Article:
Here’s an overview of some of last week’s most interesting news and articles:
What’s the state of your software?
In the face of the repeated high profile breaches of US Office of Personnel Management (OPM), Target and Sony, it may be tempting to throw up one’s hands and give up on building secure applications or fixing vulnerabilities in the applications that have already been deployed. The truth is that most organisations are yet to seriously address this problem.
The rapid growth of the bug bounty economy
On average, nearly five high-to-critical priority vulnerabilities are found within the lifetime of a single program, according to Bugcrowd. Another observed trend includes the migration from public programs over to invitation-only programs.
Malvertisers abused Yahoo’s ad network for days
A large-scale malvertising attack abusing Yahoo’s ad network has been hitting visitors of the Internet giant’s many popular and heavy-traffic sites for nearly a week.
79% of companies release apps with known vulnerabilities
The application development process is rampant with security risks due to current business pressures.
Attackers are downing DNS servers by exploiting BIND bug
As predicted, the critical and easily exploitable flaw that affects all versions of BIND, the most widely used DNS software on the Internet, has started being exploited by attackers.
Chinese APTs use commercial VPN to hide their attack activity
Dubbed Terracotta, the VPN service is marketed mostly to Chinese users under multiple brand names, mostly as a means to bypass the Great Firewall of China.
Best practice application security: Does it exist?
Website security is an ever-moving target. New websites are launched all the time, new code is released constantly and new web technologies are created and adopted every day. As a result, new attack techniques are frequently disclosed that can put every online business at risk.
Hackers actively exploiting OS X zero-day to root machines, deliver adware
The flaw, which is present in OS X 10.10.4 and the beta of OS X 10.10.5, but has been fixed in the beta of the upcoming OS X 10.11, allows attackers to silently saddle victims with unwanted adware and malware.
How to protect your privacy on Windows 10
So, you have decided to switch to Windows 10, but you heard that the new OS is a veritable vacuum for user data, which it sends back to Microsoft. Fear not! While most of the capabilities and permissions to slurp the data are on by default, they can be switched on and revoked.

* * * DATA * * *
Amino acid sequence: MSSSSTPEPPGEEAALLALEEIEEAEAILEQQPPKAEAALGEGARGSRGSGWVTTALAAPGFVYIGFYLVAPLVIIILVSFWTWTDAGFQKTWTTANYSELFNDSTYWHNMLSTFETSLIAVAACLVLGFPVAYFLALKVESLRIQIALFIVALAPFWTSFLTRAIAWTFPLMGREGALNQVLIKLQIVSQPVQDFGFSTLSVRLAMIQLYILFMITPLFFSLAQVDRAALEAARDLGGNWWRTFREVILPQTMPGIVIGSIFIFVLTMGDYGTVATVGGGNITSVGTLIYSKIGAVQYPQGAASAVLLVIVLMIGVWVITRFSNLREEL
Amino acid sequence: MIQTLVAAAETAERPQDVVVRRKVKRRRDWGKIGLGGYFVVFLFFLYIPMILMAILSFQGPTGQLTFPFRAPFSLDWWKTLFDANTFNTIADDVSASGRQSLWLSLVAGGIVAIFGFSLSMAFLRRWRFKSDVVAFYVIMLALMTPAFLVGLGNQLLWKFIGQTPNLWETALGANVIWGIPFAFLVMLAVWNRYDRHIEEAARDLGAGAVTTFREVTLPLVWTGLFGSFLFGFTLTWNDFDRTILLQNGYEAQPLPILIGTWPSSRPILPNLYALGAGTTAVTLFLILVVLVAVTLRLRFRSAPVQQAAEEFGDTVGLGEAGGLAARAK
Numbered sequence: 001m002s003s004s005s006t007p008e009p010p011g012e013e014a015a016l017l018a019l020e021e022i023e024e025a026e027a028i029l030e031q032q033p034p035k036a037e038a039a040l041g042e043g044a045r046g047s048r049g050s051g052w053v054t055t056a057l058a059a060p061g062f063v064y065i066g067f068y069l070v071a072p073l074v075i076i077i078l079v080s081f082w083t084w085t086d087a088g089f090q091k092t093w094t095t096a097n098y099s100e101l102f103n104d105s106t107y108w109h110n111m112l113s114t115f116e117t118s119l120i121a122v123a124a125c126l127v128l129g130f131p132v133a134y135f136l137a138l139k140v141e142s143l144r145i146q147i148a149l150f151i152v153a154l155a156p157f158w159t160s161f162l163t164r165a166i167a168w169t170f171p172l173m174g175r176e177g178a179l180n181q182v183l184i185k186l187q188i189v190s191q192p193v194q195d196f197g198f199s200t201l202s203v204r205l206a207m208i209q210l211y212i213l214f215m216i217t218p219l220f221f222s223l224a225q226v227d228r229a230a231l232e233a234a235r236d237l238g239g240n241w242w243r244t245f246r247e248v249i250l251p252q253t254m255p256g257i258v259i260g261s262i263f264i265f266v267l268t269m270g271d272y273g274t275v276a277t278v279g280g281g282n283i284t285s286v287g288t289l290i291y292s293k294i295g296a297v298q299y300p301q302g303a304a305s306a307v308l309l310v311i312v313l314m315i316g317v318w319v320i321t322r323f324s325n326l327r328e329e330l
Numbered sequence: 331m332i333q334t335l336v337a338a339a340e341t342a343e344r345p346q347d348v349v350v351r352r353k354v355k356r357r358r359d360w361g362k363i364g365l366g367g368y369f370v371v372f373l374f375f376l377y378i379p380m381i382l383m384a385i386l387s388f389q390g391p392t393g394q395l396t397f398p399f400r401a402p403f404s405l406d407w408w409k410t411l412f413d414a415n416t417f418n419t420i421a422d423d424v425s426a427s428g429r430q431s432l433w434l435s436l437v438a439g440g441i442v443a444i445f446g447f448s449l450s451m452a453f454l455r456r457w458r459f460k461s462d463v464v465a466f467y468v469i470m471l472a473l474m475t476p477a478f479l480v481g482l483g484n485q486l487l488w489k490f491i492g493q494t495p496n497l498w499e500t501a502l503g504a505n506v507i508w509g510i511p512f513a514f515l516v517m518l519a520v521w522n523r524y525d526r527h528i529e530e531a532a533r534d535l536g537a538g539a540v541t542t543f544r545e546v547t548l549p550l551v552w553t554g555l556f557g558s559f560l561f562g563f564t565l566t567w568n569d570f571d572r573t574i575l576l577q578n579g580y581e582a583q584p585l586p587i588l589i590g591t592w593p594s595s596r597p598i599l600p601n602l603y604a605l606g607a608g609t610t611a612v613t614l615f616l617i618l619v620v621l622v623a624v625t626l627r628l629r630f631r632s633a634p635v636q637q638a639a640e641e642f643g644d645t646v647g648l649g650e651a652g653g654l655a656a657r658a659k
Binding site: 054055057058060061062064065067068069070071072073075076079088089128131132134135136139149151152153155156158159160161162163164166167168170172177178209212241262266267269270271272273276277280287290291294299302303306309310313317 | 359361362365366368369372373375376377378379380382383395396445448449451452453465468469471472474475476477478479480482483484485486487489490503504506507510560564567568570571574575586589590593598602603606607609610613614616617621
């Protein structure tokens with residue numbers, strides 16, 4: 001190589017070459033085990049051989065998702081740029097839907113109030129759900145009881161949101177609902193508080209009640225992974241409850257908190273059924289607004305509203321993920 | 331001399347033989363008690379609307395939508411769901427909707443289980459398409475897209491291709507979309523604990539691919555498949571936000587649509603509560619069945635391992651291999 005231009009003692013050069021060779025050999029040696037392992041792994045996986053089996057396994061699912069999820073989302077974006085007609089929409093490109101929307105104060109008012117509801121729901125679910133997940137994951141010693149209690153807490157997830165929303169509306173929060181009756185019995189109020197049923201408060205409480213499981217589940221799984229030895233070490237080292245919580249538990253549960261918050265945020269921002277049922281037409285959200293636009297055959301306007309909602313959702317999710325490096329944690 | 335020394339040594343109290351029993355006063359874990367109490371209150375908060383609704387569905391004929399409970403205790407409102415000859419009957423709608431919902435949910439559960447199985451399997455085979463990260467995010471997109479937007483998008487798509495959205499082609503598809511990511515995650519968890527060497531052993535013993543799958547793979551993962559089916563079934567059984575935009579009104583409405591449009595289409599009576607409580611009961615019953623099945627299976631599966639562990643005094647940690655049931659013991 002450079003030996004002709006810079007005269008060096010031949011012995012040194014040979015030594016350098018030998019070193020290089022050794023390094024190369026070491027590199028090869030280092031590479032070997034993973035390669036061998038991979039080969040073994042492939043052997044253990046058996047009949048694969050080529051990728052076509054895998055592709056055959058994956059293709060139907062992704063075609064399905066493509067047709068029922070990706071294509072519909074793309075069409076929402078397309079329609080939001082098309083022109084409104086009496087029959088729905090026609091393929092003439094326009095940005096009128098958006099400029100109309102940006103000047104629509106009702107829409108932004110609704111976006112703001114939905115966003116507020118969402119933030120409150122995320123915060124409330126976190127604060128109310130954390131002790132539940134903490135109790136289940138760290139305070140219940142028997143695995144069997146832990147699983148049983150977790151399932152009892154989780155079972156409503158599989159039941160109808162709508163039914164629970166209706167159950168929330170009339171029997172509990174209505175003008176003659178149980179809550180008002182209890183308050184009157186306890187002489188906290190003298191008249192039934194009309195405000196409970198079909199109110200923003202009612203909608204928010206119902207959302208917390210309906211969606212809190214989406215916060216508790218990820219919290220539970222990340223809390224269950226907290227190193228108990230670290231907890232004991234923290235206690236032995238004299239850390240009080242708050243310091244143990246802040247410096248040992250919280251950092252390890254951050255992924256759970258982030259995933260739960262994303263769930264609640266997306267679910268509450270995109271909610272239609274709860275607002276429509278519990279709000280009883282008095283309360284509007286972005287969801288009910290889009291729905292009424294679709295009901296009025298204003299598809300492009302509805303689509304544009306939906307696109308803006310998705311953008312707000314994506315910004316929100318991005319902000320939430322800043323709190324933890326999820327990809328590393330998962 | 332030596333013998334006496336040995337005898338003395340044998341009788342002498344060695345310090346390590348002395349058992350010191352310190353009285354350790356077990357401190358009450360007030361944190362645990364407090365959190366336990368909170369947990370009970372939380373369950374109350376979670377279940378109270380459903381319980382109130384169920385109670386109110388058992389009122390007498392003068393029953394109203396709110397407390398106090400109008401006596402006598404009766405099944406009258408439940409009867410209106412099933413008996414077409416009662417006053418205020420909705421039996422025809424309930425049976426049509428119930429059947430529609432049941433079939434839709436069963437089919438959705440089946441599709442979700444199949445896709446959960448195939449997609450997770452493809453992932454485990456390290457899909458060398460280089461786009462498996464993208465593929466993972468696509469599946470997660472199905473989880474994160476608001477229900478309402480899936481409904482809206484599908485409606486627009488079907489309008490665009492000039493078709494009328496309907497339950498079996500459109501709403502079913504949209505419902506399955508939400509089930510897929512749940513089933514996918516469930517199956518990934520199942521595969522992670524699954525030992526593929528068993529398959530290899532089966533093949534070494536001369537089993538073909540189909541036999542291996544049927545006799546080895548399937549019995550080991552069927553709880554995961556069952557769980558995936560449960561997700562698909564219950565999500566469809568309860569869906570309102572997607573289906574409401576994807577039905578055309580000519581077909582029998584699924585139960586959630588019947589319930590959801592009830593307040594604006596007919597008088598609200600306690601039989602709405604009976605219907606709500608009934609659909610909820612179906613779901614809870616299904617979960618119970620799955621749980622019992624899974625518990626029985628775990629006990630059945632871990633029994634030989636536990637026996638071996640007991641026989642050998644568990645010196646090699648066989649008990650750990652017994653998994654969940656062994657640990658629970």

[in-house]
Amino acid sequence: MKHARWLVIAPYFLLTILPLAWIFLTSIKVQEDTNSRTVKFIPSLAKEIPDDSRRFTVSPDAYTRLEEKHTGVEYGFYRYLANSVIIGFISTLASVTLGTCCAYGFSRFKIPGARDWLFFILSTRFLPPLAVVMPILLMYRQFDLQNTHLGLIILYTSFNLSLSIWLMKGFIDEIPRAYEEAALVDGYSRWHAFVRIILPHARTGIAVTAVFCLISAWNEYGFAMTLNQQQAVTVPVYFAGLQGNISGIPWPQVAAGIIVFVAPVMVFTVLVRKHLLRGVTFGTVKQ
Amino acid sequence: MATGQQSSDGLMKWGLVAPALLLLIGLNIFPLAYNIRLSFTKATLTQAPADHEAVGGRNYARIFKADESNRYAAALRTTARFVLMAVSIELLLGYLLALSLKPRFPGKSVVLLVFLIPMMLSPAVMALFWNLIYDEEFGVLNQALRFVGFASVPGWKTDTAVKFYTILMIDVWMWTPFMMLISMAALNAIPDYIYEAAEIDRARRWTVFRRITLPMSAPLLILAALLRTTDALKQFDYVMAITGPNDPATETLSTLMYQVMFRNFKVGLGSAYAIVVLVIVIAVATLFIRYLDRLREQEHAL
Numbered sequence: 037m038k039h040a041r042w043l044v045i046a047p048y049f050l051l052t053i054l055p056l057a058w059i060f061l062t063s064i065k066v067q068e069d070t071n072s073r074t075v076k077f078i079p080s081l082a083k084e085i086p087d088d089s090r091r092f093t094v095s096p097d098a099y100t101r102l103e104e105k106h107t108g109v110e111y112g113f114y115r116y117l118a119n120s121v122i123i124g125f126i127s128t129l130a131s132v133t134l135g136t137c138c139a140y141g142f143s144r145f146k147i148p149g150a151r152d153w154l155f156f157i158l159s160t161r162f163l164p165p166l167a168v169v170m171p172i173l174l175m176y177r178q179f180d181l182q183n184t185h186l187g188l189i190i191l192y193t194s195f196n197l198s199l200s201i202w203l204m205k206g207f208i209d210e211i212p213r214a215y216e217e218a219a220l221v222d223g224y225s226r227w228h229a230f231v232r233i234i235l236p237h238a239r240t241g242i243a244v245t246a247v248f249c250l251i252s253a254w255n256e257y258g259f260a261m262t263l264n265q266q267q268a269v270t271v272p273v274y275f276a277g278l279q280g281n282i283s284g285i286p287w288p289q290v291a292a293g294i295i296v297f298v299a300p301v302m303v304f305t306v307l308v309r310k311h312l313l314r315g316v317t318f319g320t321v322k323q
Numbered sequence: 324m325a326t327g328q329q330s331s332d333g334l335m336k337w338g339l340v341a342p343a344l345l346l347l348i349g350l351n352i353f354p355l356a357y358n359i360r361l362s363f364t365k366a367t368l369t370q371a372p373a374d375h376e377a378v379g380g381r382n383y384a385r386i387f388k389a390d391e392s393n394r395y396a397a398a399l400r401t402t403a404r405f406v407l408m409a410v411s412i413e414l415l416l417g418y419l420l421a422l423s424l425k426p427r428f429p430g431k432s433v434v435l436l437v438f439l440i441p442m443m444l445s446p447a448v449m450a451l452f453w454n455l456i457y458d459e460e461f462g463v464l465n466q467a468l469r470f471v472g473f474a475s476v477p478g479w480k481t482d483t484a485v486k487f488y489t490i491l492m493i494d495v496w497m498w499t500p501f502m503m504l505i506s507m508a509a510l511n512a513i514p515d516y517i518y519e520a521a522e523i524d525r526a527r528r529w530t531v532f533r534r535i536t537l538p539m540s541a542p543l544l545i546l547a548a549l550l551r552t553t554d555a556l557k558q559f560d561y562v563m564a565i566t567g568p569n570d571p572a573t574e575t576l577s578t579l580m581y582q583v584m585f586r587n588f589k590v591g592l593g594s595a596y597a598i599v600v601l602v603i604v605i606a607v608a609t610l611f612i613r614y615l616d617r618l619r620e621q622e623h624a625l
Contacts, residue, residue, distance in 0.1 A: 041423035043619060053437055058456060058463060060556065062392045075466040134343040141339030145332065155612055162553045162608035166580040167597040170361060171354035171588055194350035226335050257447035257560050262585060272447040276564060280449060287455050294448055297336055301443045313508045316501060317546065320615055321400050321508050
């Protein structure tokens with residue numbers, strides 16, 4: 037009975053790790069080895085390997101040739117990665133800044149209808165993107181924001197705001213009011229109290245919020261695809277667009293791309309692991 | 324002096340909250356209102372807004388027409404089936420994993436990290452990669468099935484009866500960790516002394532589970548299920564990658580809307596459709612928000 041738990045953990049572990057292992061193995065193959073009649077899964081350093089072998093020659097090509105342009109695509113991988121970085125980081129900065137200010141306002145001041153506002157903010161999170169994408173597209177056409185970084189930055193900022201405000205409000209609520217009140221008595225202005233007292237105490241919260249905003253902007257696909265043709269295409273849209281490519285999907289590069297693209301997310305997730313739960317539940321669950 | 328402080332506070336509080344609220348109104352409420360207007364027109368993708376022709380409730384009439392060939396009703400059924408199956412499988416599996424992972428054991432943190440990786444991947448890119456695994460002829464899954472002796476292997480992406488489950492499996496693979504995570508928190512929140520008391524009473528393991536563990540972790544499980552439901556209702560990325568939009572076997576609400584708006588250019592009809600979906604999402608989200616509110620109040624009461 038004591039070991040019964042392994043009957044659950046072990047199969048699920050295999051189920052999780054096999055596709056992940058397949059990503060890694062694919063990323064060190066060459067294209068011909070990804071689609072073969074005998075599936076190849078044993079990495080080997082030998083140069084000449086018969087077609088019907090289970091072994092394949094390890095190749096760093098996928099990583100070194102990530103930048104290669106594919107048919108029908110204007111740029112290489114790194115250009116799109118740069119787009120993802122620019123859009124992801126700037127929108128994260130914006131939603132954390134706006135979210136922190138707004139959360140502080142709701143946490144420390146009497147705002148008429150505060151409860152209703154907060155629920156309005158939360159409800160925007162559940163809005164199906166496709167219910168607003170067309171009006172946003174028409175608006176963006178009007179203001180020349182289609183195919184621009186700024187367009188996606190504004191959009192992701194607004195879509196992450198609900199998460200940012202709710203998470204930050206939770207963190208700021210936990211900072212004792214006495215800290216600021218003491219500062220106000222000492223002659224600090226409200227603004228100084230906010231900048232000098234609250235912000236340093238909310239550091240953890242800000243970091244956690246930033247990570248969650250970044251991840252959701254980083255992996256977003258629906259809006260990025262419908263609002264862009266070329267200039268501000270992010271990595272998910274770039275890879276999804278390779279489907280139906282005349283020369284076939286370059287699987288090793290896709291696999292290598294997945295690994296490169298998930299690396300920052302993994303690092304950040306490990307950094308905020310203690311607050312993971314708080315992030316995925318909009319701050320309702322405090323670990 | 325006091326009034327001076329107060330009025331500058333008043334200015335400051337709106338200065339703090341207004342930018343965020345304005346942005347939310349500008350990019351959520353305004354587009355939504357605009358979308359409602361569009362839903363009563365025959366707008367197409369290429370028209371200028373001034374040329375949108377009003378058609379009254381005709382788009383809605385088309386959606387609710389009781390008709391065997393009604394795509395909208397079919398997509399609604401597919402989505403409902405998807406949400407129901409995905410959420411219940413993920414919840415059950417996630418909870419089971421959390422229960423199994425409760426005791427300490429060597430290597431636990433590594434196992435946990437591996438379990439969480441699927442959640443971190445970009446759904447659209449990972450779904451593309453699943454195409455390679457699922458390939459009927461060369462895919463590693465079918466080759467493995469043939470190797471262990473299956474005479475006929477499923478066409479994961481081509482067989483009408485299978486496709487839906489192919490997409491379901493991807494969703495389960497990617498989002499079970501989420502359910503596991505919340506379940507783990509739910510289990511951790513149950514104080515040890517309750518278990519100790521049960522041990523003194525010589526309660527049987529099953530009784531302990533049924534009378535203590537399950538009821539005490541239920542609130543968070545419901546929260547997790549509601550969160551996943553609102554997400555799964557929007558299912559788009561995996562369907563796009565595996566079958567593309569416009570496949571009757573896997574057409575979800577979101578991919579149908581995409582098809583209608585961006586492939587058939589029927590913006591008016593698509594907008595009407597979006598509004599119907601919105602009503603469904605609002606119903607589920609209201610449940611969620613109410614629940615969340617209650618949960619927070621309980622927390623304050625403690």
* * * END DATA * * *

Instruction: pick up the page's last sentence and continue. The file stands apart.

Phishing attacks targeting businesses are escalating
Phishing attacks have increased by 38 percent overall in Q2 2015, and the growth has been spurred partly by the ever-growing number and sophisticated types of phishing attacks specifically designed to gain access to corporate information.
Attackers use Google Drive, Dropbox to breach companies
A new type of attack, “Man in the Cloud” (MITC), can quietly coopt common file synchronization services to turn them into devastating attack tools.
Disrupting trust models: An evolution in the financial services sector
From Uber to Spotify to Airbnb, digital disruptors have shaken up the status quo, breaking traditional business models to respond to a consumer that is online, globally connected, and mobile. The heavily regulated financial services sector, under intense scrutiny following the 2008 crisis remained immune to this disruption for longer than other industries. However, new entrants are now driving innovation in this sector, forcing banks to keep pace with an extraordinary pace of change.
NIST releases SHA-3 cryptographic hash standard
Nine years in the making, SHA-3 is the first cryptographic hash algorithm NIST has developed using a public competition and vetting process that drew 64 submissions worldwide.
Corporate networks can be compromised via Windows Updates
Researchers from UK-based Context Information Security demonstrated how Windows Update can be abused for internal attacks on corporate networks by exploiting insecurely configured enterprise implementations of Windows Server Update Services (WSUS).
Android users rejoice! Security updates will be coming out faster
August 5, 2015, is the date that (hopefully) marks the beginning of one of the biggest positive changes in the Android ecosystem.
Easily exploitable Certifi-gate bug opens Android devices to hijacking
“Certifi-gate” is a vulnerability – a set of vulnerabilities, actually – in the architecture of mobile Remote Support Tools (mRSTs) used by virtually every Android device manufacturer and network service provider.
Macs can be permanently compromised via firmware worm
Dubbed Thunderstrike 2 because it’s an improved variant of the Thunderstrike attack demonstrated by Trammell Hudson in January, the worm can be easily delivered via a phishing email or a malicious website, and spread to other computers.
Getting BYOD right
Kaspersky Lab’s specialists have several recommendations that should be borne in mind when connecting employees’ personal devices to corporate IT networks.
The GasPot experiment: Hackers target gas tanks
Physically tampering with gasoline tanks is dangerous enough, given how volatile gas can be. Altering a fuel gauge can cause a tank to overflow, and a simple spark can set everything ablaze. But imagine how riskier it is if a hacker can do all this remotely, especially now that a number of fuel companies worldwide use Internet-connected systems to monitor their tanks.
Pentagon’s unclassified email system breached, Russian hackers blamed
Pentagon’s Joint Staff unclassified email system, used by 4,000 military and civilian personnel, has been compromised by attackers, and it has been taken offline until the threat is dealt with.
File-stealing Firefox bug exploited in the wild, patch immediately!
The exploit leaves no trace it has been run on the local machine.